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Katsushika
葛飾区
Katsushika City
Shibamata Taishaku-ten in Katsushika
Shibamata Taishaku-ten in Katsushika
Flag of Katsushika
Official seal of Katsushika
Location of Katsushika in Tokyo Metropolis
Location of Katsushika
Katsushika is located in Japan
Katsushika
Katsushika
Location in Japan
Coordinates: 35°44′N 139°51′E / 35.733°N 139.850°E / 35.733; 139.850Coordinates: 35°44′N 139°51′E / 35.733°N 139.850°E / 35.733; 139.850
CountryJapan
RegionKantō
PrefectureTokyo Metropolis
Government
 • MayorKatsunori Aoki (since December 2009)
Area
 • Total34.80 km2 (13.44 sq mi)
Population
 (October 1, 2020[1])
 • Total453,093
 • Density13,019/km2 (33,720/sq mi)
Time zoneUTC+09:00 (JST)
City hall address5-13-1 Tateishi, Katsushika-ku, Tokyo
124-8555
Websitewww.city.katsushika.lg.jp
Symbols
FlowerIris
TreeWillow

Katsushika (葛飾区, Katsushika-ku) is a special ward located in Tokyo, Japan. The ward calls itself Katsushika City in English.

As of May 1, 2015, the ward has an estimated population of 444,356, and a population density of 12,770 people per km². The total area is 34.80 km².

Geography

Katsushika Ward is at the east end of Tokyo Metropolis. It is on an alluvial plain and it is low above sea level.

The ward office (Katsushika city hall) is located at Tateishi.

Boundaries

Katsushika has boundaries with three wards of Tokyo: Adachi, Edogawa and Sumida. The cities of Matsudo in Chiba Prefecture, and Misato and Yashio in Saitama Prefecture form the northeast border of the ward.

Rivers

Major rivers in Katsushika include the Edogawa, Arakawa and Ayasegawa. Nakagawa and Shin-nakagawa flows through the ward.

Districts and neighborhoods

History

Katsushika District was originally a division of Musashi Province. When the province was divided and reconfigured, the district was partitioned between Kita-Katsushika District (within Saitama Prefecture), Higashi-Katsushika District (within Chiba Prefecture) and the remainder was based in Tokyo Prefecture. Minami-Katsushika District conformed today's Katsushika Ward proper, plus Edogawa, Koto and Sumida wards.

On October 1, 1932, the former Minami-Katsushika District of what was then known as Tokyo Prefecture, and its seven towns and villages, merged and became part of the old Tokyo City.

The special ward was founded on March 15, 1947.

Katsushika contains the Kasai Shrine, Narihira Santosen Temple, the "Bound Jizō" of Ōoka Echizen, and Shibamata Taishakuten, selected as one of the 100 Soundscapes of Japan and 100 Landscapes of Japan (Heisei era).

Economy

Takara Tomy has its headquarters in Katsushika.[2]

Government and infrastructure

Tokyo Detention House

The Tokyo Detention House, a correctional facility, is in the ward.[3] One of Japan's seven execution chambers is located there.[4]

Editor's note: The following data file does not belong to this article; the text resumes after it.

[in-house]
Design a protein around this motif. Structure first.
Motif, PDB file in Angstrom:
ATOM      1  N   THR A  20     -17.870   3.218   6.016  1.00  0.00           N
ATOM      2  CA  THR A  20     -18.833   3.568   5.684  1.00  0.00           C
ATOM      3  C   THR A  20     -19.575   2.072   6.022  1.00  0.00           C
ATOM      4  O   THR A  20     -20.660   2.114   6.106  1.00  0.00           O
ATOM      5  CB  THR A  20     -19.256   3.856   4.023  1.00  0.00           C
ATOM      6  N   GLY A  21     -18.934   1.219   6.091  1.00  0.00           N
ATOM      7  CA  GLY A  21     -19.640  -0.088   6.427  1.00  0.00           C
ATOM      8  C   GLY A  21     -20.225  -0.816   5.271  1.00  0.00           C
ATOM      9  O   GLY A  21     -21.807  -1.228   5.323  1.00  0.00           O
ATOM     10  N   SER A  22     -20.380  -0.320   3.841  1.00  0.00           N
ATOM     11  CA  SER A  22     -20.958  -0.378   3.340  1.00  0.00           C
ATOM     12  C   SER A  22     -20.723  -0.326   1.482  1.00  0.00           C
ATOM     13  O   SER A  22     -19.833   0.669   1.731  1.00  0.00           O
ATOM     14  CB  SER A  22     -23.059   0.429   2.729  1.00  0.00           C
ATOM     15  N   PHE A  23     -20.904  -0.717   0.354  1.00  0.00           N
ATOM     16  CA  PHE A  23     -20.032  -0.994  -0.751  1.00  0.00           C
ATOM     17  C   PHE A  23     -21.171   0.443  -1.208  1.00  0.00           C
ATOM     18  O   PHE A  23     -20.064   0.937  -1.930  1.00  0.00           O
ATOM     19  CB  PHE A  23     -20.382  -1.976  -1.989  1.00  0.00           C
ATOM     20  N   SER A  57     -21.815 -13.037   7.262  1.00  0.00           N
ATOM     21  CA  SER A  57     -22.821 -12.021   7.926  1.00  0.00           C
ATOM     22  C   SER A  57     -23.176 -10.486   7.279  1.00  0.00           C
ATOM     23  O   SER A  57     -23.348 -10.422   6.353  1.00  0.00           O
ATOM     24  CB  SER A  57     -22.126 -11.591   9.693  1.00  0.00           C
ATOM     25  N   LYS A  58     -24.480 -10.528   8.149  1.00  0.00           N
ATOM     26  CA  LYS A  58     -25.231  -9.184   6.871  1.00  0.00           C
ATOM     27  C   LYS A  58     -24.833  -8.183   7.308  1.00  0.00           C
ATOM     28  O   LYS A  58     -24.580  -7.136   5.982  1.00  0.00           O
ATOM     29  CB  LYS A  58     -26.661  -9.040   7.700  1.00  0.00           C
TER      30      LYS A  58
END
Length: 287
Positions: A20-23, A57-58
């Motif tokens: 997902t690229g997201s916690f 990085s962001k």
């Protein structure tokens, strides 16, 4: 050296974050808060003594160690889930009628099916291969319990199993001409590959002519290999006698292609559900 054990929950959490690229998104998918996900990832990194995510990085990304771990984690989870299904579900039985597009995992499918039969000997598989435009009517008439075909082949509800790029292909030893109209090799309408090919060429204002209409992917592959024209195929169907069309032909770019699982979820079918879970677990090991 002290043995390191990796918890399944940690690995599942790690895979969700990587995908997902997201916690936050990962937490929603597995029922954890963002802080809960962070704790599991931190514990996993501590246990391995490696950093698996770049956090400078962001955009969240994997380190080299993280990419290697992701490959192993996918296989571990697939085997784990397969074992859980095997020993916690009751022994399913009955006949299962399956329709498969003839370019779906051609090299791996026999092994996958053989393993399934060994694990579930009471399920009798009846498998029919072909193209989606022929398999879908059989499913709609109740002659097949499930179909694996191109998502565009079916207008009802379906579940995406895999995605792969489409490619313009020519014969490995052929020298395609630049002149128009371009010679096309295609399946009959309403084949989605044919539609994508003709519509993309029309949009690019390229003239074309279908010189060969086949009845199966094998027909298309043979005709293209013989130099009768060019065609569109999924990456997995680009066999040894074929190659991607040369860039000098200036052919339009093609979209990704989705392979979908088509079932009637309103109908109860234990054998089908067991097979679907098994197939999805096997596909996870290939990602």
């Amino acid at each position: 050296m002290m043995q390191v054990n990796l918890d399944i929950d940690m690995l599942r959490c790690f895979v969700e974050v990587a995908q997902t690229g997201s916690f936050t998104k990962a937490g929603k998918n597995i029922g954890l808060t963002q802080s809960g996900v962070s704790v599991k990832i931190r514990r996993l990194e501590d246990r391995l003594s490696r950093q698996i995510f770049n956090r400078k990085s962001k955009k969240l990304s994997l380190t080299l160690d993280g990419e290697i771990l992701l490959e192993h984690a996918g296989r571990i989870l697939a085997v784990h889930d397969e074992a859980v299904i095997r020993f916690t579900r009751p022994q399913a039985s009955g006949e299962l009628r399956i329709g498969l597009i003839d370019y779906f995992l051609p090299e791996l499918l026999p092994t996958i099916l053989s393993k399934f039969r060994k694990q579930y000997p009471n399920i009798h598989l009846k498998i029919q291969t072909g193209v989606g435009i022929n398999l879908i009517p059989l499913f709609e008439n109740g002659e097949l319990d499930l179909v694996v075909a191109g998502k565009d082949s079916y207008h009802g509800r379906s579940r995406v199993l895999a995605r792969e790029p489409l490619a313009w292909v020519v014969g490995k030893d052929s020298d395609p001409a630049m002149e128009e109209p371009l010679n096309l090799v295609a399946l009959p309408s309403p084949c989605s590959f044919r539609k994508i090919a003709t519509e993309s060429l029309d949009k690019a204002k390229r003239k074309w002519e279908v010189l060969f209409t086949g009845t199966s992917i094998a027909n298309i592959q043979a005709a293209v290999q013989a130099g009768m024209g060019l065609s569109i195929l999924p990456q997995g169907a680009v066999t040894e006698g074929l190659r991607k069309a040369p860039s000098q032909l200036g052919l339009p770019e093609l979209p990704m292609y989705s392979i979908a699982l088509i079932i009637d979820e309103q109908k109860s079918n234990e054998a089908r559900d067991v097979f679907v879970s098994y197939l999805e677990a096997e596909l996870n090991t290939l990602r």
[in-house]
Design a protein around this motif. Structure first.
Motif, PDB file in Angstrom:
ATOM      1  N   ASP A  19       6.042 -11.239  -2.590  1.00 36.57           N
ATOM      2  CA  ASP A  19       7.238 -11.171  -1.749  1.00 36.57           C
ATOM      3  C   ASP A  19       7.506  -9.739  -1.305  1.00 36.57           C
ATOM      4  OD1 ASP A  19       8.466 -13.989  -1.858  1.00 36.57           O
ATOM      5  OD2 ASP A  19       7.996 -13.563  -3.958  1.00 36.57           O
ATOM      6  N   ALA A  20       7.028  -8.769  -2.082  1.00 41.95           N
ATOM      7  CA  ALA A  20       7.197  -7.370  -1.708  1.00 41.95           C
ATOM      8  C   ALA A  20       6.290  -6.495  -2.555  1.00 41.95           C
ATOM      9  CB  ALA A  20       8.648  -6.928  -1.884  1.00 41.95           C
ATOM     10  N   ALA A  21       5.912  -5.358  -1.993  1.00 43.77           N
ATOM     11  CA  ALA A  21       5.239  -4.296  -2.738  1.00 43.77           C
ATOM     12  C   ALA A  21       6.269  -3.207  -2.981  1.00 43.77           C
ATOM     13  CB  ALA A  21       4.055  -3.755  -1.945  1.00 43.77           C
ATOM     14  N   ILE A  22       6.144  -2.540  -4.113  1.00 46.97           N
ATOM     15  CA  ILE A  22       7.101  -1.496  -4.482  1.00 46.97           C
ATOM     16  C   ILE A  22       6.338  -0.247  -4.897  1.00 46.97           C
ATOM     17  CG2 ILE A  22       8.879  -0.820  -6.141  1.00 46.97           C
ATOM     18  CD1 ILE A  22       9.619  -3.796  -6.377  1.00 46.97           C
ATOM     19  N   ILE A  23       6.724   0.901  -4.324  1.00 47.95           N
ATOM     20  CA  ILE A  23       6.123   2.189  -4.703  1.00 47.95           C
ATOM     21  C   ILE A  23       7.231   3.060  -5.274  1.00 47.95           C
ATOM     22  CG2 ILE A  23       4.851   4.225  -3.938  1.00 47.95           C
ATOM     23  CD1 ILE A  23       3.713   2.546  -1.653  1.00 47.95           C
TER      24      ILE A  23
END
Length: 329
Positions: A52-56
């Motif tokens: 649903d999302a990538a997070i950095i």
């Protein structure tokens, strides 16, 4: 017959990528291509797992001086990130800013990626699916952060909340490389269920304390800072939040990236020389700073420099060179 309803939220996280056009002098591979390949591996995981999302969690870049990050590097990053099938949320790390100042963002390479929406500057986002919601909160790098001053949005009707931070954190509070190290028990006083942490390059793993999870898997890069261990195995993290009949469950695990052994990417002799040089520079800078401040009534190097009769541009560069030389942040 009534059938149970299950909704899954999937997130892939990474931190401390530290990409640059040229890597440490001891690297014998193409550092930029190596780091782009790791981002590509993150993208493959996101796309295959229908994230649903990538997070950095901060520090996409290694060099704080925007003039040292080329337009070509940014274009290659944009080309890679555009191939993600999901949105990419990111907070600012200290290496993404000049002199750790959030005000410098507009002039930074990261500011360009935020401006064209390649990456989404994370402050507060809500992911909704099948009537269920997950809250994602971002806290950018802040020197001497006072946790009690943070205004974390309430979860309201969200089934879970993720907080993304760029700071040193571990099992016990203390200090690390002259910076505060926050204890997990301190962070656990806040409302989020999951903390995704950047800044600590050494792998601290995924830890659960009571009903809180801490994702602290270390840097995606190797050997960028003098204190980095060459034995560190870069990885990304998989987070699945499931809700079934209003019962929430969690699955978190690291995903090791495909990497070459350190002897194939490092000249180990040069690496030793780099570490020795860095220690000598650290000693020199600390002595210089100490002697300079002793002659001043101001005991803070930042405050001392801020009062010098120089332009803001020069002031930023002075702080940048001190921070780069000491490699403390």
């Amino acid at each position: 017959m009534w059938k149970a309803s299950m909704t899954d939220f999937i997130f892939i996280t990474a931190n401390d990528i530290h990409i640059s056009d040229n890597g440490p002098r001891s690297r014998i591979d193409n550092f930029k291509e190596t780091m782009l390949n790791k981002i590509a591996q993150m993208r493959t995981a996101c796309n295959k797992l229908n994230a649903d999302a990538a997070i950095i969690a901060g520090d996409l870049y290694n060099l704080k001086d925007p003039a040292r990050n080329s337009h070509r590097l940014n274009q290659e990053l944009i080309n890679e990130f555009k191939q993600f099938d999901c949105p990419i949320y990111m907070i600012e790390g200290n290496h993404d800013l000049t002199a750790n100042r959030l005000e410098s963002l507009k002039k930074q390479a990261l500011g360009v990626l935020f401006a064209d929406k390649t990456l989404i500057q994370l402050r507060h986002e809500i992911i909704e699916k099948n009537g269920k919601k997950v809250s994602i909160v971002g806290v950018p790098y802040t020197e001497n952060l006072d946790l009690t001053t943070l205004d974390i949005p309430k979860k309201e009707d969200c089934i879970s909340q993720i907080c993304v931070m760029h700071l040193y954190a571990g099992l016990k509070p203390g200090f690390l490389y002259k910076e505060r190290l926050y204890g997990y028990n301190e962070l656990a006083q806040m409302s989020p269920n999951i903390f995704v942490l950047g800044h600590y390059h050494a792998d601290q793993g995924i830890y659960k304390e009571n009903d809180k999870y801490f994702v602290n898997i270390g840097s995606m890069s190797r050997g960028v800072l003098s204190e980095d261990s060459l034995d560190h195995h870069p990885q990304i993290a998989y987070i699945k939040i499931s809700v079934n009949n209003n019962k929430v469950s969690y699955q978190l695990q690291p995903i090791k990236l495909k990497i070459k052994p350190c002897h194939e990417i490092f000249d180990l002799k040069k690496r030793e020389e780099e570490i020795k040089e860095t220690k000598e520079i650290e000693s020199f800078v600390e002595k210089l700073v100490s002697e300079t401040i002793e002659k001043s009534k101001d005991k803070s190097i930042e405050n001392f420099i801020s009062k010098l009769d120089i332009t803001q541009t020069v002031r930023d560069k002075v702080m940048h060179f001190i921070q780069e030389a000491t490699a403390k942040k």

Education

Colleges and universities

Metropolitan schools

Tokyo Metropolitan Government Board of Education operates public high schools.

Special school:

Municipal schools

This section needs expansion. You can help by adding to it. (October 2022)

Katsushika City Board of Education operates public elementary and junior high schools.

Municipal junior high schools:[12]

Elementary schools include:[13]

Special schools:

Transportation

Rail

Highways

Sister cities

Katsushika has sister-city relationships with Fengtai District in Beijing, China, and with Floridsdorf, a district of Vienna, Austria.[citation needed]

Notable people

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Notable works set in Katsushika

The longest-running manga series in history, Kochira Katsushika-ku Kameari Kōen-mae Hashutsujo takes place in Katsushika. The neighborhood of Shibamata is the home of Tora-san, the protagonist of the long-running Otoko wa Tsurai yo film series, played by Kiyoshi Atsumi. A statue of Tora-san stands outside of Shibamata Station.[15] Other notable works set in Katsushika are the television series Kamen Rider Hibiki and the film Long Vacation. A statue of Captain Tsubasa main character, Tsubasa Ozora, is also located there, as the fictional town of Nankatsu was inspired by Katsushika itself.

References

  1. ^ "Population by District". Tokyo Statistical Yearbook. Retrieved 2022-07-15.
  2. ^ "Corporate Information Archived 2010-03-30 at the Wayback Machine." Takara Tomy. Retrieved on March 16, 2010.
  3. ^ "Diet members tour execution chamber." The Japan Times. Thursday July 24, 2003. Retrieved on August 27, 2010.
  4. ^ Lendon, Brad. "Japan reveals long-secretive execution process." CNN. August 27, 2010. Retrieved on August 27, 2010.
  5. ^ 東京都立葛飾商業高等学校. www.katsushikashogyo-h.metro.tokyo.jp. Retrieved 10 April 2018.
  6. ^ http://www.katsushikasogo-h.metro.tokyo.jp/
  7. ^ http://www.katsushikano-h.metro.tokyo.jp/
  8. ^ http://www.honjokogyo-h.metro.tokyo.jp/
  9. ^ 東京都立南葛飾高等学校. www.minamikatsushika-h.metro.tokyo.jp. Retrieved 10 April 2018.
  10. ^ http://www.nousan-h.metro.tokyo.jp/
  11. ^ 東京都立葛飾盲学校. www.katsushika-sb.metro.tokyo.jp. Retrieved 10 April 2018.
  12. ^ "区立中学校リンク集" (in Japanese). Katsushika City. Retrieved 2022-11-12.
  13. ^ "区立小学校・特別支援学校リンク集" (in Japanese). Katsushika City. Retrieved 2022-11-12.
  14. ^ 二宮和也 [Kazunari Ninomiya] (in Japanese). Tower Records Japan. Retrieved February 22, 2018.
  15. ^ "Follow in the footsteps of Japans beloved Tora-san". BBC Travel. Retrieved 19 October 2018.